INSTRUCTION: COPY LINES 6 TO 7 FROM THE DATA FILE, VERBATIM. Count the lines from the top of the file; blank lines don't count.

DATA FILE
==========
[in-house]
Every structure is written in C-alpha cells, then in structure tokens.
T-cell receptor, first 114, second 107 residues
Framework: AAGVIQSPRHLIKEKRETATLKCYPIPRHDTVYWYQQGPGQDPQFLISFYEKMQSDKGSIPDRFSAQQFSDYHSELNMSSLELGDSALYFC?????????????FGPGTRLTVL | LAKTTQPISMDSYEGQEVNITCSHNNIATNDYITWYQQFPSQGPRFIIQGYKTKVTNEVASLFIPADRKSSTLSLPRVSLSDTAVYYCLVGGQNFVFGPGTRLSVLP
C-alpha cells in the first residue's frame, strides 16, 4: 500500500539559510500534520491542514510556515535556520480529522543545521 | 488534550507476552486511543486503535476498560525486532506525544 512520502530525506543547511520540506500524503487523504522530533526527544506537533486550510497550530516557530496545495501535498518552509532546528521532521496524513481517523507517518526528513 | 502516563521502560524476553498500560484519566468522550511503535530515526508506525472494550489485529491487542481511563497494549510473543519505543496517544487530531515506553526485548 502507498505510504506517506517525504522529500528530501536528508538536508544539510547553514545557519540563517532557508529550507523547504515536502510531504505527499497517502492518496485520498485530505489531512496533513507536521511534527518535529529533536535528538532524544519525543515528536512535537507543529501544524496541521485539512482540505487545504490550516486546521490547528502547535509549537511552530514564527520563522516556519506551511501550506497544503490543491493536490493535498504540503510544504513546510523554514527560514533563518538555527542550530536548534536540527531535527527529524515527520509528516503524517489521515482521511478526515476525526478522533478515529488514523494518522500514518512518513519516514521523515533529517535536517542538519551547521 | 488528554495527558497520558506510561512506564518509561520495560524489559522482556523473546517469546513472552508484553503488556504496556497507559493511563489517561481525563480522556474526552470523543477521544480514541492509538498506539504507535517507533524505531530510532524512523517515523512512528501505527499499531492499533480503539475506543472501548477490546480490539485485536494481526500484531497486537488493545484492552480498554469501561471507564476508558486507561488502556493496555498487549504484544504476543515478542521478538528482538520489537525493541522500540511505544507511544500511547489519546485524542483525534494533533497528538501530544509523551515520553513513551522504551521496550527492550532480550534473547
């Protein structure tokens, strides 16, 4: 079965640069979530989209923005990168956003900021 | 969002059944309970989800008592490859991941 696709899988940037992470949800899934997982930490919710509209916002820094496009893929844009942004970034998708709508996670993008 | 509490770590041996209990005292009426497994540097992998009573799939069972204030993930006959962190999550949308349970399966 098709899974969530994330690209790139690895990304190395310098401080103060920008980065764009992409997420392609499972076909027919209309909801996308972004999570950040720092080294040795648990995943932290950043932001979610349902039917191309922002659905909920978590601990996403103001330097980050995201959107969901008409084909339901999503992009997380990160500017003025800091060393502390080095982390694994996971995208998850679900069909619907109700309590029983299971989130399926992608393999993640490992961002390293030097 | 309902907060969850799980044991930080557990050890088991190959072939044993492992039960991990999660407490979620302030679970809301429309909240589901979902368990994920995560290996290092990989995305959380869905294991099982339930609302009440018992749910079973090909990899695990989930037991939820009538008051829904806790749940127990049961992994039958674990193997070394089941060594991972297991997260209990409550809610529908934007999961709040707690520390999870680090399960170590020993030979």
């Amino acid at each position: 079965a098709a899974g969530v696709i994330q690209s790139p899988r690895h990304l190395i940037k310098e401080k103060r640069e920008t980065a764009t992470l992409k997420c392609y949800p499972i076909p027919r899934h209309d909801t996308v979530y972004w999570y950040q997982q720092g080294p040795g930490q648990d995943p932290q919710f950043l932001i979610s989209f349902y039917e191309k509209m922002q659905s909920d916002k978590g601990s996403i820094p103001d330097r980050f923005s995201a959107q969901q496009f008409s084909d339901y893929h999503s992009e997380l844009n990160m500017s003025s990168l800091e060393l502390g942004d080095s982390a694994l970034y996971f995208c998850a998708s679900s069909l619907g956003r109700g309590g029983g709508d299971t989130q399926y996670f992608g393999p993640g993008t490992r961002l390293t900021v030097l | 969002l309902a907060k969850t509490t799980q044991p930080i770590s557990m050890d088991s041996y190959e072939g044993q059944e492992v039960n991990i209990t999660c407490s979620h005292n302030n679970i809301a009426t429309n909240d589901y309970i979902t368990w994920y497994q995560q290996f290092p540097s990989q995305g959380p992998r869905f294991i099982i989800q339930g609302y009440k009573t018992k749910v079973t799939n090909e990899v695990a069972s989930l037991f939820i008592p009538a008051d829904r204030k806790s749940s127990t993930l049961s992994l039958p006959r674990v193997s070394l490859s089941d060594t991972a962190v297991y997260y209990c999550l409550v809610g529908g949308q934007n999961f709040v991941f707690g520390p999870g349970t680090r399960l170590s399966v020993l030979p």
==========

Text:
């Protein structure tokens, strides 16, 4: 079965640069979530989209923005990168956003900021 | 969002059944309970989800008592490859991941 696709899988940037992470949800899934997982930490919710509209916002820094496009893929844009942004970034998708709508996670993008 | 509490770590041996209990005292009426497994540097992998009573799939069972204030993930006959962190999550949308349970399966 098709899974969530994330690209790139690895990304190395310098401080103060920008980065764009992409997420392609499972076909027919209309909801996308972004999570950040720092080294040795648990995943932290950043932001979610349902039917191309922002659905909920978590601990996403103001330097980050995201959107969901008409084909339901999503992009997380990160500017003025800091060393502390080095982390694994996971995208998850679900069909619907109700309590029983299971989130399926992608393999993640490992961002390293030097 | 309902907060969850799980044991930080557990050890088991190959072939044993492992039960991990999660407490979620302030679970809301429309909240589901979902368990994920995560290996290092990989995305959380869905294991099982339930609302009440018992749910079973090909990899695990989930037991939820009538008051829904806790749940127990049961992994039958674990193997070394089941060594991972297991997260209990409550809610529908934007999961709040707690520390999870680090399960170590020993030979």
């Amino acid at each position: 079965a098709a899974g969530v696709i994330q690209s790139p899988r690895h990304l190395i940037k310098e401080k103060r640069e920008t980065a764009t992470l992409k997420c392609y949800p499972i076909p027919r899934h209309d909801t996308v979530y972004w999570y950040q997982q720092g080294p040795g930490q648990d995943p932290q919710f950043l932001i979610s989209f349902y039917e191309k509209m922002q659905s909920d916002k978590g601990s996403i820094p103001d330097r980050f923005s995201a959107q969901q496009f008409s084909d339901y893929h999503s992009e997380l844009n990160m500017s003025s990168l800091e060393l502390g942004d080095s982390a694994l970034y996971f995208c998850a998708s679900s069909l619907g956003r109700g309590g029983g709508d299971t989130q399926y996670f992608g393999p993640g993008t490992r961002l390293t900021v030097l | 969002l309902a907060k969850t509490t799980q044991p930080i770590s557990m050890d088991s041996y190959e072939g044993q059944e492992v039960n991990i209990t999660c407490s979620h005292n302030n679970i809301a009426t429309n909240d589901y309970i979902t368990w994920y497994q995560q290996f290092p540097s990989q995305g959380p992998r869905f294991i099982i989800q339930g609302y009440k009573t018992k749910v079973t799939n090909e990899v695990a069972s989930l037991f939820i008592p009538a008051d829904r204030k806790s749940s127990t993930l049961s992994l039958p006959r674990v193997s070394l490859s089941d060594t991972a962190v297991y997260y209990c999550l409550v809610g529908g949308q934007n999961f709040v991941f707690g520390p999870g349970t680090r399960l170590s399966v020993l030979p």